Health has improved dramatically in the United Arab Emirate (UAE) in the past 50 years. The under-5 mortality rate has fallen dramatically from 223 (per 1000 live births) in 1960, to 84 in 1970, 30 in 1980, 17 in 1990, 11 in 2000 and 7 in 2009. For under-5 mortality, UAE is currently ranked 39th amongst the world's 196 countries. This decline in death amongst children has resulted in life expectancy increasing over the same period from 53 years in 1960 to 78 years in 2009.
These improvements in health have been possible because of visionary leadership and the wise investment of oil revenues to improve the social conditions of the population3. Investment in hospital services, public health infrastructure, preventative services, immunization, services for children and women and female education have transformed the UAE from a small, mostly nomadic and seafaring economy to a major industrial nation within a generation, a rate of development unprecedented in human history.
While these changes have been taking place new health challenges have emerged. These include rapid growth of the population in which expatriate workers make up more than 80%; lifestyle changes that are leading to increasing levels of chronic diseases such as diabetes, heart disease, stroke and cancer; and high levels of the factors that cause these conditions namely obesity, inactivity, poor diets and tobacco use. The UAE also has high rates of injury on the roads, at work and in the home.
Over the past 40 years in the UAE, the hospital sector has developed strongly and facilities are now among the best in the world but again this development has brought problems and as in many other countries, the UAE health system is now facing the twin challenges of how to maintain quality while controlling costs. Also, the current and future health needs of the population are complex and may not be properly served by the continued expansion of hospital capacity. For example, rising levels of morbidity amongst nationals will require the development of chronic disease management programs that support screening, prevention and self-care and community based generalist services may be more effective than hospital based specialist services. The expatriate population also has unique health needs. This population has lower morbidity so that ambulatory care, occupational health and preventative services offer the greatest benefits.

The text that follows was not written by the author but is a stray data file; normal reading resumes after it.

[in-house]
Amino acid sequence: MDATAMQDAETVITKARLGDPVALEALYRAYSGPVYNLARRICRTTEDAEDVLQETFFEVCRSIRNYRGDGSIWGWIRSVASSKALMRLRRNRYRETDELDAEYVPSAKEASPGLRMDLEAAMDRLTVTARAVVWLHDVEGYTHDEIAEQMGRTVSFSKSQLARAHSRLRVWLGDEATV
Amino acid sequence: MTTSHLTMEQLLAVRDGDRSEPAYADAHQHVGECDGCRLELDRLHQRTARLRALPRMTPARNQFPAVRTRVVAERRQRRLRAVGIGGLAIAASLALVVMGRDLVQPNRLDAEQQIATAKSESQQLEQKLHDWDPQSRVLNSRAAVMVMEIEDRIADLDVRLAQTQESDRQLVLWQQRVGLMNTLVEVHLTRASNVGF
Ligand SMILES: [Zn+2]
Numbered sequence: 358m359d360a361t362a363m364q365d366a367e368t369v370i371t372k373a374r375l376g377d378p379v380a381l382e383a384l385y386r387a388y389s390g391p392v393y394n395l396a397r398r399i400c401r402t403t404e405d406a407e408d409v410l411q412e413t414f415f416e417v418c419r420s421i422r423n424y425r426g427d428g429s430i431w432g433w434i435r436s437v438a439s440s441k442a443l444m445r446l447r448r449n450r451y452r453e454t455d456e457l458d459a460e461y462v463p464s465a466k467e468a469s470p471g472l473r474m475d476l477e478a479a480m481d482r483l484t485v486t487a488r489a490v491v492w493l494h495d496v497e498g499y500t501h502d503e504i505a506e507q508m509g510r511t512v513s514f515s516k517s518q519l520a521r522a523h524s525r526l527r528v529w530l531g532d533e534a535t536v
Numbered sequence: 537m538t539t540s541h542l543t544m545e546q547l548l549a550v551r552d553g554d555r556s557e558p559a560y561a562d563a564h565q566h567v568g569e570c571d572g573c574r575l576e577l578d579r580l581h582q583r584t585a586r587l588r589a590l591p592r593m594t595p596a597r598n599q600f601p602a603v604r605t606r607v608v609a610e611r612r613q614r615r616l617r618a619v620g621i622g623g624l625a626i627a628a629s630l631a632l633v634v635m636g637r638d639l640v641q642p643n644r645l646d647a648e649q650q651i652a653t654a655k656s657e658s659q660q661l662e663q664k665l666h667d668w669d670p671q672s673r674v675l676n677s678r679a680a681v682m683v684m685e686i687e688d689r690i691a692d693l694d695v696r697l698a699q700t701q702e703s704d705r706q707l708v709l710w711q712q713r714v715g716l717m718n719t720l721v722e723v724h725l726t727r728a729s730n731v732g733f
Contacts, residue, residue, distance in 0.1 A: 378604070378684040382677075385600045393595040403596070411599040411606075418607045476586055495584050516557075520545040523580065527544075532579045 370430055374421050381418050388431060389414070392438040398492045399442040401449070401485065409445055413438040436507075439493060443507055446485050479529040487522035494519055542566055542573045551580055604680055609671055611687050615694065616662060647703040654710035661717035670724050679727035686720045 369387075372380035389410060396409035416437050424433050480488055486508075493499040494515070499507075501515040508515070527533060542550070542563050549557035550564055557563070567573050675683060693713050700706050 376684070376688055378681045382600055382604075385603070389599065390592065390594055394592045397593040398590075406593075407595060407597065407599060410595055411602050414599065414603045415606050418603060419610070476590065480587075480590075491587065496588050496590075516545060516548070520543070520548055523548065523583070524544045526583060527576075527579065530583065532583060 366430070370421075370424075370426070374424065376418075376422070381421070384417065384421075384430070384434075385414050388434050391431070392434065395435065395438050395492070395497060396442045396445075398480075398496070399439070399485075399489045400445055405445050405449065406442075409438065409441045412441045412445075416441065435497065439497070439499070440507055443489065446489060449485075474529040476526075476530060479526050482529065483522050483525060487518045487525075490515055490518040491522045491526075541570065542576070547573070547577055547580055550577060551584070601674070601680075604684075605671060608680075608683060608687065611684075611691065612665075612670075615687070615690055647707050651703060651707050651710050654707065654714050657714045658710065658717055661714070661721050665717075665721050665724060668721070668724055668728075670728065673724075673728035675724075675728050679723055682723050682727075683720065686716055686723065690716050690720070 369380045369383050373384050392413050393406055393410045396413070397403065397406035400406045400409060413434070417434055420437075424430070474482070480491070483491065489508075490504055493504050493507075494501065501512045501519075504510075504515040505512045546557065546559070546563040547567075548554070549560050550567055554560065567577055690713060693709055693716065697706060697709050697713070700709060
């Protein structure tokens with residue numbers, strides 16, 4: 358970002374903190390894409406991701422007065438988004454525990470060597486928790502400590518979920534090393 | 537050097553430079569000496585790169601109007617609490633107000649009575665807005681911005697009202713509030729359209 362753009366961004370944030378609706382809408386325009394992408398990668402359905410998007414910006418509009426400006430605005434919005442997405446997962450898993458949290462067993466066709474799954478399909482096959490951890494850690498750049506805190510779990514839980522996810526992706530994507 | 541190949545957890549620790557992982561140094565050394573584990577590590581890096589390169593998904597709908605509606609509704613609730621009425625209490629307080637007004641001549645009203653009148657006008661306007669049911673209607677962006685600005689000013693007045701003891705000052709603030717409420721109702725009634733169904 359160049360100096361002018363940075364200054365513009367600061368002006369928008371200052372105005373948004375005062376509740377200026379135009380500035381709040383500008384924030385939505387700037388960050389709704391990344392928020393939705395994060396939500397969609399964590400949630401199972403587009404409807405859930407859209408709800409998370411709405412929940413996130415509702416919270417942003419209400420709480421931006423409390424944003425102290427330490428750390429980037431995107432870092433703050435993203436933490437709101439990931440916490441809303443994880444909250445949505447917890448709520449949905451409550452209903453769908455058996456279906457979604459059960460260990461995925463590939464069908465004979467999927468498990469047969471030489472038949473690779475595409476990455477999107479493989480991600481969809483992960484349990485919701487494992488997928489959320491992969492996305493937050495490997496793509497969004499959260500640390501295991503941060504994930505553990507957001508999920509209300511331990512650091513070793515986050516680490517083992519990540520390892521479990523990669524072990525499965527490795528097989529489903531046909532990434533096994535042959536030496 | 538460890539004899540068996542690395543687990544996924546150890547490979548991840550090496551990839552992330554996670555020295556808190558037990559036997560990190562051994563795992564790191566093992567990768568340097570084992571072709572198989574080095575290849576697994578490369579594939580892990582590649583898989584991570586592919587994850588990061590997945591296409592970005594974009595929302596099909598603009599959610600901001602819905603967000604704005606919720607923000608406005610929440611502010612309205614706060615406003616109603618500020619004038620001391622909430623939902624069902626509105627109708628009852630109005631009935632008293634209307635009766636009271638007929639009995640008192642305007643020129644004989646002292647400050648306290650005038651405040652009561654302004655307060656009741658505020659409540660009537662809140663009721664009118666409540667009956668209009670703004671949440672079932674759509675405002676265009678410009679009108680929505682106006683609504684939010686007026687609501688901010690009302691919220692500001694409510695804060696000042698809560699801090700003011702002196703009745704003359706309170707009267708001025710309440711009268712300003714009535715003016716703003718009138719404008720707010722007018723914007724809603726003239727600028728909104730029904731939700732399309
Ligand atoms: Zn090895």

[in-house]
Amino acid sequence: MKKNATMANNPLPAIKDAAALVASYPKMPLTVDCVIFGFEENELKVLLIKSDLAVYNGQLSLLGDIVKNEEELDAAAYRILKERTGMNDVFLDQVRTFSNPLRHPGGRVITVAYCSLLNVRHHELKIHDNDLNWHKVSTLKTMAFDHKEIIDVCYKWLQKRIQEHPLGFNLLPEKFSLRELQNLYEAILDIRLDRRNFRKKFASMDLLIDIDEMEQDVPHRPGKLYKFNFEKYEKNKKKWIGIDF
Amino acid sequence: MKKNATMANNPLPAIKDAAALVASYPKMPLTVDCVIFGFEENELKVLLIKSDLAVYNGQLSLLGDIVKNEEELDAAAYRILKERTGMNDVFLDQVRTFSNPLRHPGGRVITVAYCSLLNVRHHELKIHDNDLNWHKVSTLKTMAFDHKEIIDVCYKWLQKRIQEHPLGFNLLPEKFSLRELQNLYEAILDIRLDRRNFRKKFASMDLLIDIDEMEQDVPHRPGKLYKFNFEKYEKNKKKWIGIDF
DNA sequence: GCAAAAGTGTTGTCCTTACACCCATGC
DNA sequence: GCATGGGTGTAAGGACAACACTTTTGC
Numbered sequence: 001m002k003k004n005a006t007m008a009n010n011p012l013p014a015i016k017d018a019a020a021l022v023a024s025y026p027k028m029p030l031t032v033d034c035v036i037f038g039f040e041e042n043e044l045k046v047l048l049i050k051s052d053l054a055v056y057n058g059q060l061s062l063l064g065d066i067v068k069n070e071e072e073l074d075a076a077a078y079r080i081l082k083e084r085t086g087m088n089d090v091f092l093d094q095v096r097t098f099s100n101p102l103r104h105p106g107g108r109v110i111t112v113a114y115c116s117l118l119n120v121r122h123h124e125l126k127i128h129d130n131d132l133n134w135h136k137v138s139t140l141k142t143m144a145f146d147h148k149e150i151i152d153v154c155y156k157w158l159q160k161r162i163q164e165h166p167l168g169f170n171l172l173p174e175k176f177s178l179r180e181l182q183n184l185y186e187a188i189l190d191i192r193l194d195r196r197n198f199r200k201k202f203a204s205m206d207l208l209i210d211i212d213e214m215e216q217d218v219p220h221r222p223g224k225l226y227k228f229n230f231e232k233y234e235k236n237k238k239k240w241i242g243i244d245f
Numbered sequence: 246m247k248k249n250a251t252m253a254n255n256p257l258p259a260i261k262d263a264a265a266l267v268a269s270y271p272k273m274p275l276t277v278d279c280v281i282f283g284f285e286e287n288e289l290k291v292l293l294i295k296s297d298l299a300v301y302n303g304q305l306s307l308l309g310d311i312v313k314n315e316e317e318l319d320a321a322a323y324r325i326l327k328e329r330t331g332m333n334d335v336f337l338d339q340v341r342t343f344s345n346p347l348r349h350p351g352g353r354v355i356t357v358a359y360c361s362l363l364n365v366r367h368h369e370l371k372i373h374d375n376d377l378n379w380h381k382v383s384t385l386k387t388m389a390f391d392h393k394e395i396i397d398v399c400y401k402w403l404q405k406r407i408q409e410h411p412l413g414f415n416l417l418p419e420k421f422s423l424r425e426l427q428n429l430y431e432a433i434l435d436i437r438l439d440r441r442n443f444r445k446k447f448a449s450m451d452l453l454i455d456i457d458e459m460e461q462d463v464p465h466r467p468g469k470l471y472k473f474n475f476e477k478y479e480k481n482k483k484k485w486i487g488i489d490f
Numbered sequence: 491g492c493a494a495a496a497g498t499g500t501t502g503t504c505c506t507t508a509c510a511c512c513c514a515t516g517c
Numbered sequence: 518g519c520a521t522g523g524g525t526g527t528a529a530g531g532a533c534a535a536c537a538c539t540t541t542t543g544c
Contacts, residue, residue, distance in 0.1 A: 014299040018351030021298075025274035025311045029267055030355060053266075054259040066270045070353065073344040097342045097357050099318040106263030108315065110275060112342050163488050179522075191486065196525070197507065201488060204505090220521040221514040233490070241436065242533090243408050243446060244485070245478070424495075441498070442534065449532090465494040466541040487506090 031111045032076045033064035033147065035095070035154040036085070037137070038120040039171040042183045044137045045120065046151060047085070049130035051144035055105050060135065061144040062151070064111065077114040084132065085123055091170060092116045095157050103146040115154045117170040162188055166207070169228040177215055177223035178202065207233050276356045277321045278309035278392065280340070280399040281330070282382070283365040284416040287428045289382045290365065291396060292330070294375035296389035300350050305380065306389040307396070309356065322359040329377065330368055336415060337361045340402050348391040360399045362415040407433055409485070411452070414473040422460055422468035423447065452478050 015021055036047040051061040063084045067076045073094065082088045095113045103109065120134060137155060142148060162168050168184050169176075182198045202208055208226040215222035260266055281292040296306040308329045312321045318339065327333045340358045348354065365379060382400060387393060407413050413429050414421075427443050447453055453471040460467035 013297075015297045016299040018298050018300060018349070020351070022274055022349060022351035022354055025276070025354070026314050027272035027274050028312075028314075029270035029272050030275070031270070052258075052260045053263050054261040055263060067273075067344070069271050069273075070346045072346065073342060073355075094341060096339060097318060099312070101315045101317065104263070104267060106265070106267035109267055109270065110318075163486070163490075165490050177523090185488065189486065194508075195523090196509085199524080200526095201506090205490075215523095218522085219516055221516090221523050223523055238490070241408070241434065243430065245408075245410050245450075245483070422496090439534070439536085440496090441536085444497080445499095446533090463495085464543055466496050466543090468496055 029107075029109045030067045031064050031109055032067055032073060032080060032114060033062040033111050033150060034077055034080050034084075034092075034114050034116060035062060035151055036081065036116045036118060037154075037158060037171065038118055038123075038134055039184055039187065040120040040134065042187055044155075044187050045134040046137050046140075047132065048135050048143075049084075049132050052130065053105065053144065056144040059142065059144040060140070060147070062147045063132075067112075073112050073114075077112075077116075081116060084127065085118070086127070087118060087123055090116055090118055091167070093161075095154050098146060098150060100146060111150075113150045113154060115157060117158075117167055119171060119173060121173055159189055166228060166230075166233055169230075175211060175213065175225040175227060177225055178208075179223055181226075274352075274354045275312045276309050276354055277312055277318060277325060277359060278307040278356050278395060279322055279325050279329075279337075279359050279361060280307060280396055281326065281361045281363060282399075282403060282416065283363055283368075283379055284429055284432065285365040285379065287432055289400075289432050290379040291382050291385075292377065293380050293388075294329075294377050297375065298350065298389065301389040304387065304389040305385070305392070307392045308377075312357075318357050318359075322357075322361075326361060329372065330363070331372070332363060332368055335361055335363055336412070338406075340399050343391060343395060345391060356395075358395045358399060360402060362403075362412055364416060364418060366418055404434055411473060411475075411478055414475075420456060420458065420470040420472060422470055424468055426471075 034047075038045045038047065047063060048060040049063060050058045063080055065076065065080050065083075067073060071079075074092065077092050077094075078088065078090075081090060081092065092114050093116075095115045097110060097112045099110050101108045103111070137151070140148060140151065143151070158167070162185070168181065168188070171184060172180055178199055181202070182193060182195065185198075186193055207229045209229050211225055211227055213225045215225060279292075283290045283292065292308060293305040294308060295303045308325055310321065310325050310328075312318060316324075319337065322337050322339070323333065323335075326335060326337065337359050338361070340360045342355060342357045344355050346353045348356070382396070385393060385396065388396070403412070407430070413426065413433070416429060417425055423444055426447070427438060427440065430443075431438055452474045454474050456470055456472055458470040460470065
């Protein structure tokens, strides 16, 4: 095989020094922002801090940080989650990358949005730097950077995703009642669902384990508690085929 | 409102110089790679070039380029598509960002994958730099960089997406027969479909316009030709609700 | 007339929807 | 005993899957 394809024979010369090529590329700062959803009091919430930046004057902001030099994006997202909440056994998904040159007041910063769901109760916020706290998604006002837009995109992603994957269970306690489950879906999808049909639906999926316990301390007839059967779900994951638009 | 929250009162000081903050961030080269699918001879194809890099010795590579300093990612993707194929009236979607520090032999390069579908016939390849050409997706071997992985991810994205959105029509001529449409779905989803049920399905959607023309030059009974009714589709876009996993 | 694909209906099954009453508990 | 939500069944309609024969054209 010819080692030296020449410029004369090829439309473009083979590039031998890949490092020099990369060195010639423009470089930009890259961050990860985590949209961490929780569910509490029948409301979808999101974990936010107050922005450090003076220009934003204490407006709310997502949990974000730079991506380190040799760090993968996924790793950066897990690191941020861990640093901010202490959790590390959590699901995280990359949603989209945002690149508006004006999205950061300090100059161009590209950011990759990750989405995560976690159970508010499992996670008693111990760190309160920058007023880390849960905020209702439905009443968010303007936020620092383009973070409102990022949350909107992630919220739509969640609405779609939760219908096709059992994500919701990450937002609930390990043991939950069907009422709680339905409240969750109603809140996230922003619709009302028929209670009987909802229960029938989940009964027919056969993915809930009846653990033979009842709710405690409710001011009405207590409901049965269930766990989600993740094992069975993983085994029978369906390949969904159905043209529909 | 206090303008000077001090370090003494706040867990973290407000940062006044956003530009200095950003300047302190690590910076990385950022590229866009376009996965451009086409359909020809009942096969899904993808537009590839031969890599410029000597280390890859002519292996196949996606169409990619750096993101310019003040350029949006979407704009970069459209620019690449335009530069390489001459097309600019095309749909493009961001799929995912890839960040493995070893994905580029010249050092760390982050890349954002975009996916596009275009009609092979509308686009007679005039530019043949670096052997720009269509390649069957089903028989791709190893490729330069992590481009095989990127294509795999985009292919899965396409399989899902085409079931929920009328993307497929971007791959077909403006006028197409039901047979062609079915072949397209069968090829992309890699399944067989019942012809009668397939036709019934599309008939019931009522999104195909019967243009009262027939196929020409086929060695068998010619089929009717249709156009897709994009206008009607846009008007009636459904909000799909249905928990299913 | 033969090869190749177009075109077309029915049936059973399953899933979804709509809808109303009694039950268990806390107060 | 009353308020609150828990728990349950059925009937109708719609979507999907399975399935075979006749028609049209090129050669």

In the next 5-10 years careful planning by health authorities, continued investment in services and programs and the regulated expansion of the private sector should allow the health needs of nationals, expatriates and medical tourists alike to be satisfactorily met by the development of a comprehensive range of modern, high-quality health services and public health programs.
However at the same time, lifestyle changes on a population scale are urgently needed to reduce obesity, diabetes and heart disease and to reduce the effect of these diseases on health services and improve health related quality of life. Unlike most western countries, in the UAE, alcohol, drugs and HIV infection are less important public health determinants but obesogenic lifestyles (inactivity coupled with overconsumption of energy-dense foods), smoking, road crashes and mental health are all important.
How can these twin tracks of health systems strengthening and lifestyle modification be achieved?
The key requirement is high quality decision making, planning, policy development, implementation and evaluation by our public leaders not only in the health field but also in those areas that affect health, namely environment, education, social services and economics.
Future decision making and planning must be based on the best possible information and evidence. Health can only be improved if interventions and programs are effective and there has been an accurate assessment of health need.
Currently our decision takers and policy makers lack support. In most other countries they would be supported by at least one policy and research agency or institution. In the UAE there is no such entity. However it is proposed that the newly established Zayed Center for Health Sciences will develop to fill this essential role in the UAE.
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